The experiment was divided into four parts: first, participants were introduced to the experimental items, i.e., the alternative sets. Then, two practice phases followed, before the main experiment started. First, participants were familiarized with all of the alternative sets, as follows: All pictures were presented, grouped by their prototypical color, on the screen, with each group shown for 7 s before the participants could press the “continue” button to see the next group. Captions with target names were written underneath each picture (e.g., ‘violin’, ‘wood’, and ‘nut’, for the pictures belonging to the ‘brown group’). The name of the color (e.g., ‘brown’ for brown-colored pictures), was also written above the group. See Figure 2 for an example of the set-up in the familiarization phase.
After the familiarization phase, two practice phases followed. In the practice phases, pictures were presented in pairs, with the pictures in each pair appearing automatically after one another. The participants were also explicitly informed that the pictures came in pairs. In the first practice phase, half of the 18 pictures were presented, and participants were asked to name each picture in a complete sentence, such as, “The violin is brown”, in order to ensure that participants became familiar with the structure of the naming responses (i.e., first the object name, and then the color name). In the second practice phase, the other half of the pictures were presented, while the second picture in a pair appeared together with a superimposed written distractor word that did not occur in the main experiment, i.e., it was not part of the response set (e.g., target: ‘The violin is brown.’, distractor: book). Participants were instructed to ignore the superimposed written words while naming the pictures. The aim of this practice phase was to familiarize the participants with the procedure of the experiment, because no personal examiner could assist during the online experiment. All practice parts were recorded to check post hoc if participants had problems with the procedure.
In the main experiment, we also presented the experimental pictures in pairs: a context picture followed by a target picture. Both pictures had to be named, however, only the latter was shown with a superimposed written distractor word in the center of the picture. Each trial started with a fixation cross presented at the center of the screen for 500 ms. Then the first picture, the context picture, appeared on the screen for 1000 ms, followed by a blank screen. The recording started automatically at picture onset and lasted for 2500 ms. As soon as the recording ended, the target picture appeared automatically, again for 1000 ms, followed by a blank screen. Another recording started at target picture onset, and ended in 2500 ms. Participants were instructed to: name all of the pictures, in complete sentences, as in, “The violin is brown.”; to name them as quickly and accurately as possible; and to ignore the superimposed written words whilst naming. After the second recording ended, participants could press the spacebar to start the next trial. Distractors were presented together with the target picture at three SOAs: −100 ms, 0 ms, and +100 ms, and disappeared together with the picture. Figure 3 illustrates the process of one experimental trial.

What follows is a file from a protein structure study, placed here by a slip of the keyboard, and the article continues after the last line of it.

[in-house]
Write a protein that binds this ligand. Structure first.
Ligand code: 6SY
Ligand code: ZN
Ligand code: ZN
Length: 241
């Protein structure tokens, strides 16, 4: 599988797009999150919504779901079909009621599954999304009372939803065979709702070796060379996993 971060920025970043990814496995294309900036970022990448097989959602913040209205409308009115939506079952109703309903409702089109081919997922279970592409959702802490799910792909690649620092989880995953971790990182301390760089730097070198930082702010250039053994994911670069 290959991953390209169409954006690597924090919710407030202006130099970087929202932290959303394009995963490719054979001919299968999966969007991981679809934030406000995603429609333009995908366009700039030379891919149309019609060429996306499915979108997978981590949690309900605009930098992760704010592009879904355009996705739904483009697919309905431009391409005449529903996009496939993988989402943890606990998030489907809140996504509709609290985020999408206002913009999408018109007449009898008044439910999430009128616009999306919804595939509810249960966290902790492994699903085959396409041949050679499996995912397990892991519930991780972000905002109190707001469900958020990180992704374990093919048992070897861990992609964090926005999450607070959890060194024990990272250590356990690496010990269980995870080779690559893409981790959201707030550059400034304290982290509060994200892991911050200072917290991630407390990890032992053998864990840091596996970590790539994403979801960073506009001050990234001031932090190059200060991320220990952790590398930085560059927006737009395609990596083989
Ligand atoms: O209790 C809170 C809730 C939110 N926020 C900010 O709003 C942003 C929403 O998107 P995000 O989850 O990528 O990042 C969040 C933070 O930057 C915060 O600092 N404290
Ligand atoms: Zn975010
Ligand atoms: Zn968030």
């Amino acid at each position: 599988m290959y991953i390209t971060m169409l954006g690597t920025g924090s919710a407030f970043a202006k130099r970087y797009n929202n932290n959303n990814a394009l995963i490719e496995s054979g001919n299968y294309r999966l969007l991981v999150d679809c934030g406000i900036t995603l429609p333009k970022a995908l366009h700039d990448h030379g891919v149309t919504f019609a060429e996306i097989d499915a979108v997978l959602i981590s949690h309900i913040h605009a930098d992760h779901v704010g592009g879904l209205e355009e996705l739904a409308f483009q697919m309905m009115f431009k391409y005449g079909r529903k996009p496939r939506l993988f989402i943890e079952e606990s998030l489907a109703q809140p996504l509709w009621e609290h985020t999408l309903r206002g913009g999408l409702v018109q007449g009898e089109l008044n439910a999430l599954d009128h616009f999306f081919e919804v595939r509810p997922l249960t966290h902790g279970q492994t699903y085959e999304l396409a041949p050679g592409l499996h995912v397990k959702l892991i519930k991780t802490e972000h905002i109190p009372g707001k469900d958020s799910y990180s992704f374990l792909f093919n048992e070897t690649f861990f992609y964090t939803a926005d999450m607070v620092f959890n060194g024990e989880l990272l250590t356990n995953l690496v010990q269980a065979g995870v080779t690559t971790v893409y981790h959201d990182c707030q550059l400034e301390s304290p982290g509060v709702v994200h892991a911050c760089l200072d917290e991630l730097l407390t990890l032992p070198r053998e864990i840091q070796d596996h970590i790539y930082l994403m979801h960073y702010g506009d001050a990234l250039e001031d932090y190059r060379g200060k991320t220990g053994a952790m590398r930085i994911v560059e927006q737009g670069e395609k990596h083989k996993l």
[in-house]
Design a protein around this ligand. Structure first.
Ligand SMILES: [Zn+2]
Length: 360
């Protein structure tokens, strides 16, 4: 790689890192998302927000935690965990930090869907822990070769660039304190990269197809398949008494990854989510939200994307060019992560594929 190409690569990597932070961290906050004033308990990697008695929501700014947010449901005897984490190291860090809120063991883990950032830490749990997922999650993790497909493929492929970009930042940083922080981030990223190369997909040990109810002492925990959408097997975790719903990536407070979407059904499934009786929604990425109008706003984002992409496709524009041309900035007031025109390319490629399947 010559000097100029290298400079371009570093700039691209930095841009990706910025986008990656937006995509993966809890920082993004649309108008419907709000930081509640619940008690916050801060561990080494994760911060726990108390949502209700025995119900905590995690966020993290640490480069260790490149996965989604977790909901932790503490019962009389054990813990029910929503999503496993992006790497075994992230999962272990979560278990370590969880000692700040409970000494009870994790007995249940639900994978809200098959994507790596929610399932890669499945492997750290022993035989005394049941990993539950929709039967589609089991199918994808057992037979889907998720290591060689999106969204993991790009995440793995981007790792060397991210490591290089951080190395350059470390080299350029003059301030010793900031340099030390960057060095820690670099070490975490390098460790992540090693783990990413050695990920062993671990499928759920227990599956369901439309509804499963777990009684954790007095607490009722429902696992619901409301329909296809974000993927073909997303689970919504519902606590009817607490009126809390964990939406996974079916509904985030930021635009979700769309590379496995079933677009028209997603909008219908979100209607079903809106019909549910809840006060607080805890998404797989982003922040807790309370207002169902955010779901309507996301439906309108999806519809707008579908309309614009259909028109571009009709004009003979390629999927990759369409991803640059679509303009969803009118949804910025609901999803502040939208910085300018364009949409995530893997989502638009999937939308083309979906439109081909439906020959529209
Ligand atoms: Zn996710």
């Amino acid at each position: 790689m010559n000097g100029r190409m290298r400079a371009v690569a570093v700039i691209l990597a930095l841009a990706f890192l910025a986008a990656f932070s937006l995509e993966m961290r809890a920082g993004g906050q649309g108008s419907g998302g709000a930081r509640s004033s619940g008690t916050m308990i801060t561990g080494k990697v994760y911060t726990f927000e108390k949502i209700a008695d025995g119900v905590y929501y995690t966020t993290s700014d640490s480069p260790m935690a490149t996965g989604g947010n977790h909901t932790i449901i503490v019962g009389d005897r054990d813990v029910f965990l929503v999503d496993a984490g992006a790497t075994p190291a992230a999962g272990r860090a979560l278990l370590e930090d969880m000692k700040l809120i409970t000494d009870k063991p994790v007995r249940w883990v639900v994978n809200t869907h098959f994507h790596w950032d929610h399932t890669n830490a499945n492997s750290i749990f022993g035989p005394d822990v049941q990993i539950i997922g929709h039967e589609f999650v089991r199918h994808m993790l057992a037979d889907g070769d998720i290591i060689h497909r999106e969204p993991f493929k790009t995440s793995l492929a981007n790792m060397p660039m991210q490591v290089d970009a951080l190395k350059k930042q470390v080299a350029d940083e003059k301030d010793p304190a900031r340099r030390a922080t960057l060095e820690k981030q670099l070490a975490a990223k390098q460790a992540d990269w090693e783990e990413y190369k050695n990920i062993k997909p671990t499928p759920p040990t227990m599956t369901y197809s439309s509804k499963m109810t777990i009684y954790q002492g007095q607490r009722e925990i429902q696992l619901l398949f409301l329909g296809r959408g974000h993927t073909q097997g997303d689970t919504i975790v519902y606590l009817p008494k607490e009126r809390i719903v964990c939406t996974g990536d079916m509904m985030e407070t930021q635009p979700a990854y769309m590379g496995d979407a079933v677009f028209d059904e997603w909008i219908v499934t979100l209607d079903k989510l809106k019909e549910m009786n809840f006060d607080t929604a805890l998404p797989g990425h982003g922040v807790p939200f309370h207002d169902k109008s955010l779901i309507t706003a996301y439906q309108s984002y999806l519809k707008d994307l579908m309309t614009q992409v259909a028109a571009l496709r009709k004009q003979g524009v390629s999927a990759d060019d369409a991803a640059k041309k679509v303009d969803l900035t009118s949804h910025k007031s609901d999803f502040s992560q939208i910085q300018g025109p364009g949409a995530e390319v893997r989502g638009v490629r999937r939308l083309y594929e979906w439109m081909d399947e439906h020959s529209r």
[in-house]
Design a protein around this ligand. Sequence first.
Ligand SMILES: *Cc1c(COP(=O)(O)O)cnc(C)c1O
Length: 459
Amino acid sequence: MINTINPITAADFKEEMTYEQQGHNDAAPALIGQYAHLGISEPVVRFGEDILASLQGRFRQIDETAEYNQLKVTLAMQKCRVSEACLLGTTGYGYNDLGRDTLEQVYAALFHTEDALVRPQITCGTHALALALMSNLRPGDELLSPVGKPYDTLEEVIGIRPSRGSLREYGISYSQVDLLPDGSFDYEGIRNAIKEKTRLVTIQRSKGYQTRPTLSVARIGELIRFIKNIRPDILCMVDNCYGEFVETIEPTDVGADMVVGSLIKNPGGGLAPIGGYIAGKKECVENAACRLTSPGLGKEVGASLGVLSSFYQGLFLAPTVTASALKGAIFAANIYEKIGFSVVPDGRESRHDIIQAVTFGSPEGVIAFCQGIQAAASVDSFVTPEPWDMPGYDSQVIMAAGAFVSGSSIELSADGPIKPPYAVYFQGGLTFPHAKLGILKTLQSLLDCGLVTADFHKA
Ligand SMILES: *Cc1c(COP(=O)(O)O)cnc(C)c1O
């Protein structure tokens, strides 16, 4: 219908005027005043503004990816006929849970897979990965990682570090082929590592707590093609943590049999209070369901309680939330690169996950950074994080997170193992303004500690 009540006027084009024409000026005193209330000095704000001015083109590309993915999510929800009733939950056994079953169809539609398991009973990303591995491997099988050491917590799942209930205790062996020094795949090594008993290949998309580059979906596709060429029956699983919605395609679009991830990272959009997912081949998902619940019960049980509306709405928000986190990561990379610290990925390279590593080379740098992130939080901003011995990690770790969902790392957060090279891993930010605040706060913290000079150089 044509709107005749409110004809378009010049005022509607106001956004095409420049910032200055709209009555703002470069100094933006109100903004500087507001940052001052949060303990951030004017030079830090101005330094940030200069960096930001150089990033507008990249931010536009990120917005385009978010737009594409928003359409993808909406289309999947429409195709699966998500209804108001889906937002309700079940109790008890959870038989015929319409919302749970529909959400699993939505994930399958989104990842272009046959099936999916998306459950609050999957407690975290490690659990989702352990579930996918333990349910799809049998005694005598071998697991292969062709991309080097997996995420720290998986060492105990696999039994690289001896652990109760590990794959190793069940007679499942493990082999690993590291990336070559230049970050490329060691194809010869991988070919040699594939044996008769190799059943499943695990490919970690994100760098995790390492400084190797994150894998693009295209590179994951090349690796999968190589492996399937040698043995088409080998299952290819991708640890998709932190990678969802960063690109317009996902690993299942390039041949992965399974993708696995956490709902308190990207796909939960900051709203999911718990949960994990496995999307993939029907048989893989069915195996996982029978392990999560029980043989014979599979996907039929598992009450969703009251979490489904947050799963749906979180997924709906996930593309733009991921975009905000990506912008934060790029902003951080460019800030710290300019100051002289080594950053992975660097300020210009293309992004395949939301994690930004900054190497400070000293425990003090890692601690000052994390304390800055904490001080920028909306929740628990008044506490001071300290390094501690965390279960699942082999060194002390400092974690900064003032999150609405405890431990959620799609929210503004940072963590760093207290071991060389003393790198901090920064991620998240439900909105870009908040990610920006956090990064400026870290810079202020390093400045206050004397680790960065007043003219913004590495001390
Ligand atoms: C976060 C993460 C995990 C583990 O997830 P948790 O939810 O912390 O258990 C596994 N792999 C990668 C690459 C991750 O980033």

Each target item appeared in all four conditions6 (narrow-focus-related, narrow-focus-unrelated, broad-focus-related, broad-focus-unrelated), so there were 18 × 4 = 72 context-target-distractor triples for the 18 items. For each SOA, all context-target-distractor triples were presented. Trials with the same SOA were organized into two blocks of the same length, in order to reduce the length of a single block. Each participant received all SOAs. The order in which participants received the SOA-blocks was balanced according to a Latin-square design.
Experimental items within each block were presented in a pseudorandomized order, with the constraint that the same object/ animal was not repeated within four consecutive trials, neither as picture nor as distractor word. Phonological overlap with subsequent items was also avoided.
Altogether, the main experiment comprised 18 (items) × 4 (conditions) × 3 (SOAs) = 216 critical trials, equally distributed among 6 blocks separated by short breaks, and lasted approximately 45 min.

2.3. Results

All recorded answers were transcribed and annotated. We measured naming latencies by extracting reaction times from the recordings using Praat. Speech onset was annotated manually in Praat. For all recordings, the annotation of the plosive [d] at sentence onset was placed at the start of the burst visible on the spectrogram. The latency between the start of the recording (picture onset) and the annotation was then retrieved as the reaction time. The naming responses were annotated according to nine categories: “correct” (the participant named the object and color correctly in the intended form, as in “The violin is brown”); “syn” (a synonym of the object was used instead of the intended word); “sem” (a semantically related object was named instead of the target object); “hesitation” (the participant hesitated by saying filler words such as “uh”, “erm” before the naming); “self-correction” (the participant corrected themselves while naming); “col” (the participant named the wrong color); “det” (the participant named the object without a determiner); “incorrect” (the participant either named something completely unrelated to the target object, or named the picture in a different form than instructed, such as “the brown violin”); and “noAns” (no response). A total of 7.6% of the trials were discarded due to incorrect or no responses in the naming task. Trials with response hesitation or self-correction (2.7%), as well as trials with semantic errors (e.g., named semantically related target object words), were also considered to be errors, and were discarded (2.4%).